On Sat 19th of July Red gallery presents A Fete Worst Than Death - the western half of Rivington Street EC2A will be transformed into a village fete with a twist for this will be ‘A Fete Worse Than Death’. Emerging and established artists bring their own unique contributions to the notion of a village fete and celebrate an important anniversary, which transformed the cultural landscape of Hoxton and Shoreditch.
‘A Fete Worse than Death’, was an anarchic swipe at the notion of a traditional village fete staged in Shoreditch in the summer of 1993. Several artists including Gavin Turk, Gillian Wearing, Mat Collishaw, Tracey Emin, Sarah Lucas and Gary Hume manned stalls selling art and provided entertainment, Damien Hirst, and Angus Fairhurst dressed as clowns and produced the first spin paintings at the fete (on sale for £1). In 1994, at his second ‘A Fete Worse Than Death’, which brought 4000 visitors to an area most people never knew existed, Compston, encouraged ‘organised starry-eyed liberation’ whilst allowing anyone the opportunity to experience ‘art of all denominations’.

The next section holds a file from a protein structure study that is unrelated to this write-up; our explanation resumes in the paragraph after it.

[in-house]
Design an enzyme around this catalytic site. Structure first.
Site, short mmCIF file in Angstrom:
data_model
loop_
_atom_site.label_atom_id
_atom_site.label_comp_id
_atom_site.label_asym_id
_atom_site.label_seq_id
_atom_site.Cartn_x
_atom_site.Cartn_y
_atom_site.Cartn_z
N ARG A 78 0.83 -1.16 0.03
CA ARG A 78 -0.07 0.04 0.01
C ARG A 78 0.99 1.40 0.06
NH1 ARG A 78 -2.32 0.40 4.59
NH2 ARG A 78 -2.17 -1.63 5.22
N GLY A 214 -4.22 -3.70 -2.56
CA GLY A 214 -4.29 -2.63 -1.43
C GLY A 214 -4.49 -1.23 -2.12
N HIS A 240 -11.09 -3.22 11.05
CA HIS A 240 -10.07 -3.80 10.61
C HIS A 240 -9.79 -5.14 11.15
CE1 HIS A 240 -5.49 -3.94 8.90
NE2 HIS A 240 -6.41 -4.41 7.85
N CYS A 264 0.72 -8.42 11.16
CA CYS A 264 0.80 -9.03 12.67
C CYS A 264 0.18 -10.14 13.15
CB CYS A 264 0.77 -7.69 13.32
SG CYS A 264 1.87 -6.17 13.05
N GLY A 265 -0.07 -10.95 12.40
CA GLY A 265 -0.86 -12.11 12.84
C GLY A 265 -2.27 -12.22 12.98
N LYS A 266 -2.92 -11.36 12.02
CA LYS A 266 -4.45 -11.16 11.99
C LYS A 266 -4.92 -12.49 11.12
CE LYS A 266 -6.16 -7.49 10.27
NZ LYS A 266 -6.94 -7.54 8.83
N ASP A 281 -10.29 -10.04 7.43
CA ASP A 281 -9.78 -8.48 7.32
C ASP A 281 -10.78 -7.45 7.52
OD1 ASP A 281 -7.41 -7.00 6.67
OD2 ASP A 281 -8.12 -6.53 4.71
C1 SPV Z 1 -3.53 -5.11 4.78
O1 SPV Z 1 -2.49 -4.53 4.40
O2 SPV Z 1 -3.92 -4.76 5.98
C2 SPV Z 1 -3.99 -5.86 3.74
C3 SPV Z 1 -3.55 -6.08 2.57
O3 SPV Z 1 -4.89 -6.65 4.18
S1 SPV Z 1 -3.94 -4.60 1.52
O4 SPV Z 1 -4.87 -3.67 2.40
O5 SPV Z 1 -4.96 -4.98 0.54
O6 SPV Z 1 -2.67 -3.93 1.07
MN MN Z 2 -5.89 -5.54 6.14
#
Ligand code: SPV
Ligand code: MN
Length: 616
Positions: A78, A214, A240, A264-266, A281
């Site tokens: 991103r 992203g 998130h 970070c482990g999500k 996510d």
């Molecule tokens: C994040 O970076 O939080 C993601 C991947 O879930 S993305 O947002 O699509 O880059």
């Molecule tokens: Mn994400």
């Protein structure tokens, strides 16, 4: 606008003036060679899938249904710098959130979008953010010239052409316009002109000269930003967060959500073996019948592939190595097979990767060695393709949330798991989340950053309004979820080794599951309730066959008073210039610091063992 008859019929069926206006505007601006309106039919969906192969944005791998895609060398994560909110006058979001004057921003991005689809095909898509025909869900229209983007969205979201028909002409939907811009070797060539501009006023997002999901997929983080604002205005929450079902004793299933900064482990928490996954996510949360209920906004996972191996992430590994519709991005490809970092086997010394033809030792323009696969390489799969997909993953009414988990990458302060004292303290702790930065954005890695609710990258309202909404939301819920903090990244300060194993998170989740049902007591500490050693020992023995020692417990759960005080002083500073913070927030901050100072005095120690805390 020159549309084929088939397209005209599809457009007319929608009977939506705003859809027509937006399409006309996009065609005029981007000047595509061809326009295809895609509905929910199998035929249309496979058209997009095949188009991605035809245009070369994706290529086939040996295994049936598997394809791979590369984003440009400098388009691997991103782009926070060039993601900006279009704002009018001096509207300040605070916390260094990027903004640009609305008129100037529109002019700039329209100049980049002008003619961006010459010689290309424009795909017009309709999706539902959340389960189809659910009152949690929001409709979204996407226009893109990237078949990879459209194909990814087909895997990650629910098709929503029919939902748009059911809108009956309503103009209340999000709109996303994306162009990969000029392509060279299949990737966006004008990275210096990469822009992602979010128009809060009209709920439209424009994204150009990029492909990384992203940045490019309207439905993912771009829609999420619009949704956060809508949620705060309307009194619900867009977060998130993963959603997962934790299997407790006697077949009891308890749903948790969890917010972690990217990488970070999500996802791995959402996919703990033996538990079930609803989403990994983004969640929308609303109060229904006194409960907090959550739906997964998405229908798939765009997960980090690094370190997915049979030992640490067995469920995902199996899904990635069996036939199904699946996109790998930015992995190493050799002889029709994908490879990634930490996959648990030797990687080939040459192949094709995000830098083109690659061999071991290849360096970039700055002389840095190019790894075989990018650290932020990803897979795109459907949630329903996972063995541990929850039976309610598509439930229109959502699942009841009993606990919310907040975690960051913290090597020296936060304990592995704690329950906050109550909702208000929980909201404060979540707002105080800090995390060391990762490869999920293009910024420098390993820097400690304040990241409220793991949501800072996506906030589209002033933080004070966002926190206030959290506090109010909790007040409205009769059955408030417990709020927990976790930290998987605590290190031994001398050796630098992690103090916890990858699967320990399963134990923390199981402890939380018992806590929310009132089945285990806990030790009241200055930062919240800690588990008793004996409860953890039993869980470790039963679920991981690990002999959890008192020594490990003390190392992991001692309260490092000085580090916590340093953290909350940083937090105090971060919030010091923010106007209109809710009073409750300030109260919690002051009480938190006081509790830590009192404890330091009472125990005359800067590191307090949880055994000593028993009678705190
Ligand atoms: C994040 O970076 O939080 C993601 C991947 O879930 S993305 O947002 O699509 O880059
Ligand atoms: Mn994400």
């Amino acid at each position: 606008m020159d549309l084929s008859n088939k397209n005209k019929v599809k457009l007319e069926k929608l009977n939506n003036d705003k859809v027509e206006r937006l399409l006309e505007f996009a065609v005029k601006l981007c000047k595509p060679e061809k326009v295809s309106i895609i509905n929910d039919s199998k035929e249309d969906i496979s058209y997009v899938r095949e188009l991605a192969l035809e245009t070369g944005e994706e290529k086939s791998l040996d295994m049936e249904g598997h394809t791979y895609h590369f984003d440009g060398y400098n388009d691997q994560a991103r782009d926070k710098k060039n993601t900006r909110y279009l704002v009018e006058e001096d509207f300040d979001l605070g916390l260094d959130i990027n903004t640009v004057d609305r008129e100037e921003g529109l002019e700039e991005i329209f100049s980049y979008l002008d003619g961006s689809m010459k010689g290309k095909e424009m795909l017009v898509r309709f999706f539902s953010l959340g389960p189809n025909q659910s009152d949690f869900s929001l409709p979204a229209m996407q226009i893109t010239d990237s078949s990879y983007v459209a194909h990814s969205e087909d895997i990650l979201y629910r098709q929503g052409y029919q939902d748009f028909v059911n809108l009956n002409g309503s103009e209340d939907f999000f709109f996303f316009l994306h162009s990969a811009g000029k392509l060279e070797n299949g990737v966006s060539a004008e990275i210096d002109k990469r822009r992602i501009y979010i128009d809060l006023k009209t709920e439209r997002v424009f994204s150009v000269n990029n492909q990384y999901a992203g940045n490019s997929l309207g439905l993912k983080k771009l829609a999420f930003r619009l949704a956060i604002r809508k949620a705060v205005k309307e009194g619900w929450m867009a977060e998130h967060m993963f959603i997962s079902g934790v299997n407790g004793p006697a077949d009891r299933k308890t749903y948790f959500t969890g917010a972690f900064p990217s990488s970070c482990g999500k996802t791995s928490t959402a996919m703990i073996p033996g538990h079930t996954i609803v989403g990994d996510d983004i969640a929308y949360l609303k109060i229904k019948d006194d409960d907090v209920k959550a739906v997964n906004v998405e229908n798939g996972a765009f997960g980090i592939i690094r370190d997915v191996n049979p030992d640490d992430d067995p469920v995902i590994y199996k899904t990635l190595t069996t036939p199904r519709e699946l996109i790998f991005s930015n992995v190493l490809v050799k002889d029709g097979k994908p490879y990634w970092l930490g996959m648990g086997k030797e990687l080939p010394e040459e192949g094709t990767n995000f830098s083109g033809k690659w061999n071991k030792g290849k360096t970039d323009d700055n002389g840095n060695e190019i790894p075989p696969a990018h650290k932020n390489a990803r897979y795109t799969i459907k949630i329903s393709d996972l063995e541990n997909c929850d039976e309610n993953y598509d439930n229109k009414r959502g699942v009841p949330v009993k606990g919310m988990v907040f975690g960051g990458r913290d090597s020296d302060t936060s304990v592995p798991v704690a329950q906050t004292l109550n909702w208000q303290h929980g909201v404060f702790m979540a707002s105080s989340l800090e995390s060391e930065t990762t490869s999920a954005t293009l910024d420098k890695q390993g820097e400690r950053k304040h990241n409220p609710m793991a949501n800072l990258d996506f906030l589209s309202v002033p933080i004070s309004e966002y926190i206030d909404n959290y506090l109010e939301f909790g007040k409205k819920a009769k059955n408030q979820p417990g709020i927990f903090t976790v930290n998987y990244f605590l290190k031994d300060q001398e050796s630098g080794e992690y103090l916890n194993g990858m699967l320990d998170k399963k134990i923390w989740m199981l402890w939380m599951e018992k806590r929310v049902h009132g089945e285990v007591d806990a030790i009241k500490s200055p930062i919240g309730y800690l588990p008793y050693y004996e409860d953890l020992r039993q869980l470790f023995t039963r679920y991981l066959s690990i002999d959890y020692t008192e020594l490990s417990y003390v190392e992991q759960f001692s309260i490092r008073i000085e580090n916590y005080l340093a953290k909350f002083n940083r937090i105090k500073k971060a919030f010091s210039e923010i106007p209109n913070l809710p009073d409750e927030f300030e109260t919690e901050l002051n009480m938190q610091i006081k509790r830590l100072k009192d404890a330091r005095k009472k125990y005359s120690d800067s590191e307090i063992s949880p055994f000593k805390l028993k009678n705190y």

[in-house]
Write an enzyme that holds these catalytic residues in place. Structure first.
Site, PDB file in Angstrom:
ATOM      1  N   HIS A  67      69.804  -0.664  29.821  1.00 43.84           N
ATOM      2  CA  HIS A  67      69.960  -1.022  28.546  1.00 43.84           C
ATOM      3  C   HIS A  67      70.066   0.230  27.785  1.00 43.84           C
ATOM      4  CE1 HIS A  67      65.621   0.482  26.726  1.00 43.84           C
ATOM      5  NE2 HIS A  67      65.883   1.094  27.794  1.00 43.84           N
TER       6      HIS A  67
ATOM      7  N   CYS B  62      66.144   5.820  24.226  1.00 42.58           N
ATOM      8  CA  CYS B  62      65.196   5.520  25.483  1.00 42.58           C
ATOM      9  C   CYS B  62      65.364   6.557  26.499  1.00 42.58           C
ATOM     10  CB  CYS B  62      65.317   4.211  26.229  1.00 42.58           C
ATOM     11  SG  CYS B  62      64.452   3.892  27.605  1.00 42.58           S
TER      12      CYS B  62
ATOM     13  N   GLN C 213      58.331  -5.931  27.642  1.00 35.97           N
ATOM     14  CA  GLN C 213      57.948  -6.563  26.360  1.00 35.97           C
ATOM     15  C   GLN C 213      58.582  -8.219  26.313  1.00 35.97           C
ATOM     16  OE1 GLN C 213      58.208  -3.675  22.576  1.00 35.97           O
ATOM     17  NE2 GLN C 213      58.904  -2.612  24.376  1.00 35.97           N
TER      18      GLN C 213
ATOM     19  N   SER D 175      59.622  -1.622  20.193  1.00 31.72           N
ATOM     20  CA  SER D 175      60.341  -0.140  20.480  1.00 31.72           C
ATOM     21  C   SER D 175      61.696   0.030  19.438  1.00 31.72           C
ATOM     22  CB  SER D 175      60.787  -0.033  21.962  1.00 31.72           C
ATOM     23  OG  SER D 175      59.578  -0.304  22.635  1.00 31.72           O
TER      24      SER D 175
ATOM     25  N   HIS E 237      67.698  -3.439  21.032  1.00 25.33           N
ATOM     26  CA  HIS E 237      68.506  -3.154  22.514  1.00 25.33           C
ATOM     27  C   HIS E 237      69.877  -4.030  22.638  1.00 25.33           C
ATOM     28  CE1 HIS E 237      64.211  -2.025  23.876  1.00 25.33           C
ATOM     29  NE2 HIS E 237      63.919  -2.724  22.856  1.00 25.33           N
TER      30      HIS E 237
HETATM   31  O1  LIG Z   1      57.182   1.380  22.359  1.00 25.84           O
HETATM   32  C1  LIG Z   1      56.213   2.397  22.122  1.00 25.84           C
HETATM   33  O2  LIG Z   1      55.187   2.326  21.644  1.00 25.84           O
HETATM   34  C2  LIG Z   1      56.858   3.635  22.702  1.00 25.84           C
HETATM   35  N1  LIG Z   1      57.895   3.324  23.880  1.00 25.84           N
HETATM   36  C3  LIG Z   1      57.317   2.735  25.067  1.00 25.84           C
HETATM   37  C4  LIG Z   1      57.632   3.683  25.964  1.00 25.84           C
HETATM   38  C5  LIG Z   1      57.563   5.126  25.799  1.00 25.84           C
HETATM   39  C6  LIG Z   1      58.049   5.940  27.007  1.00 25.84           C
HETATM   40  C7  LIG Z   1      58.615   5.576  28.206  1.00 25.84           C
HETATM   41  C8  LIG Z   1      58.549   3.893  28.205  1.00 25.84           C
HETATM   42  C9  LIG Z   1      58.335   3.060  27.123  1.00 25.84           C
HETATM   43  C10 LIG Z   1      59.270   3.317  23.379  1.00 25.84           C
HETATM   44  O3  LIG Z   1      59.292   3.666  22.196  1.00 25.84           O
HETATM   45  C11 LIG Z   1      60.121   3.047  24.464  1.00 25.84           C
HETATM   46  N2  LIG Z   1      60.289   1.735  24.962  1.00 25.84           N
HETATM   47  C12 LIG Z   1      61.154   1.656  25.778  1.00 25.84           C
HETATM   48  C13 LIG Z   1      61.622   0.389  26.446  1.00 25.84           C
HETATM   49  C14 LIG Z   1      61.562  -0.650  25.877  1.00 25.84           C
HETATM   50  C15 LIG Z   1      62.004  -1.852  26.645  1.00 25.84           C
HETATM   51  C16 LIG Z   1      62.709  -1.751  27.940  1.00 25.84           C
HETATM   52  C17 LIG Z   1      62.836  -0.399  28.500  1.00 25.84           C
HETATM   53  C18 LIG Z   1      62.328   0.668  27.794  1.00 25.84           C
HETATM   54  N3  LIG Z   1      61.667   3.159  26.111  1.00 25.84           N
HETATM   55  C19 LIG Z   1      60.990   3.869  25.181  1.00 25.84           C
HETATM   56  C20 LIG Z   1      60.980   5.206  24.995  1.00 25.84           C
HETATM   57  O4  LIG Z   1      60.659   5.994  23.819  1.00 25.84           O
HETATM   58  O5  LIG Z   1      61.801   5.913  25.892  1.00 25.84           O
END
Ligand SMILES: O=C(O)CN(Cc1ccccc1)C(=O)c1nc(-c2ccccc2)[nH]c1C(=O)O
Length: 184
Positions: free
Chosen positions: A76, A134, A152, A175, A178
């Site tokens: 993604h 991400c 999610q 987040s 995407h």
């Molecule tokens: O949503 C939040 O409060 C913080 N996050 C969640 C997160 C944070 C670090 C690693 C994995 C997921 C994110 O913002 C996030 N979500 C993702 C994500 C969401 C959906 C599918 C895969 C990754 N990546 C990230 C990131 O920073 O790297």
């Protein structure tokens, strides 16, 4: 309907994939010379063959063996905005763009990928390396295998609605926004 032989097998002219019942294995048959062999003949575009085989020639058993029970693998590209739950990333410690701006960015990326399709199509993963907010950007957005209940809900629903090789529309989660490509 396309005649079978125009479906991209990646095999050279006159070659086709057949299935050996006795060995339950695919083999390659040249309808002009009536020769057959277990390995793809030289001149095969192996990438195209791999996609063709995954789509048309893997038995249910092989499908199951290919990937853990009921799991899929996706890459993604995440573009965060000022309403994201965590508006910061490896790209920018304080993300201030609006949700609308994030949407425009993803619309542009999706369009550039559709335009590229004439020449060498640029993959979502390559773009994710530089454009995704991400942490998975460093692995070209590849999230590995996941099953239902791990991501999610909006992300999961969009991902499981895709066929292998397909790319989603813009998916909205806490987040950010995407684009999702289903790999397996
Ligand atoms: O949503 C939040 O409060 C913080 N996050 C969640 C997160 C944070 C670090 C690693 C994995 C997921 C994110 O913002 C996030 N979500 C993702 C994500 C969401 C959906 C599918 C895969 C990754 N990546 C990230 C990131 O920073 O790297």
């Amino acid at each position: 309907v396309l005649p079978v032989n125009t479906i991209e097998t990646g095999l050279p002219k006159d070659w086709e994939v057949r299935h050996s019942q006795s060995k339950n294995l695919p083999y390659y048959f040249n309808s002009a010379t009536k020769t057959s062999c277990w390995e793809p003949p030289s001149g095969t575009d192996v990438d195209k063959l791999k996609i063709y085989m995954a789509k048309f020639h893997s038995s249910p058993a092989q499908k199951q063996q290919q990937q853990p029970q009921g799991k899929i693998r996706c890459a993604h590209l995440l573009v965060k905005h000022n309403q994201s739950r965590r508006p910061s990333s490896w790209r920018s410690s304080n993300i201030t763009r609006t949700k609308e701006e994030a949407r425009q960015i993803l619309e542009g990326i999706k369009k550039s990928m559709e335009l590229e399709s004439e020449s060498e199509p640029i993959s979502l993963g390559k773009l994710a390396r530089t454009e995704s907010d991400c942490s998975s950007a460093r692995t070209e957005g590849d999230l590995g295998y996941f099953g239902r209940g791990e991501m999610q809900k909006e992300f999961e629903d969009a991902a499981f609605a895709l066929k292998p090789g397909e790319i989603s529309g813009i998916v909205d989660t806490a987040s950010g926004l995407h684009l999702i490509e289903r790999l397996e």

The 20th-anniversary exhibition of ‘A Fete Worse Than Death’ hosted by Red Gallery, is allowing artists the chance to reclaim the area for a day whilst giving the public a rare opportunity to see and buy early artworks made by the YBA’s before they were famous. There will be a contemporary art exhibition of emerging and established artists connected to the area over the past 20 years as well as original memorabilia from the Fete & Factual Nonsense gallery – sold in aid of the Joshua Compston memorial fund and assisting in raising money for a memorial to be erected in Hoxton Square.
The Fete will run from 12-8pm on Rivington Street on 19th July 2014 with stalls & live performances from noon until midnight in the Red Market & Gallery. The exhibition will continue at the gallery until 31st July 2014. There will be a special evening reception with guest speakers at the Red Gallery on 30th July, to mark the actual day of the 20th anniversary of the Fete.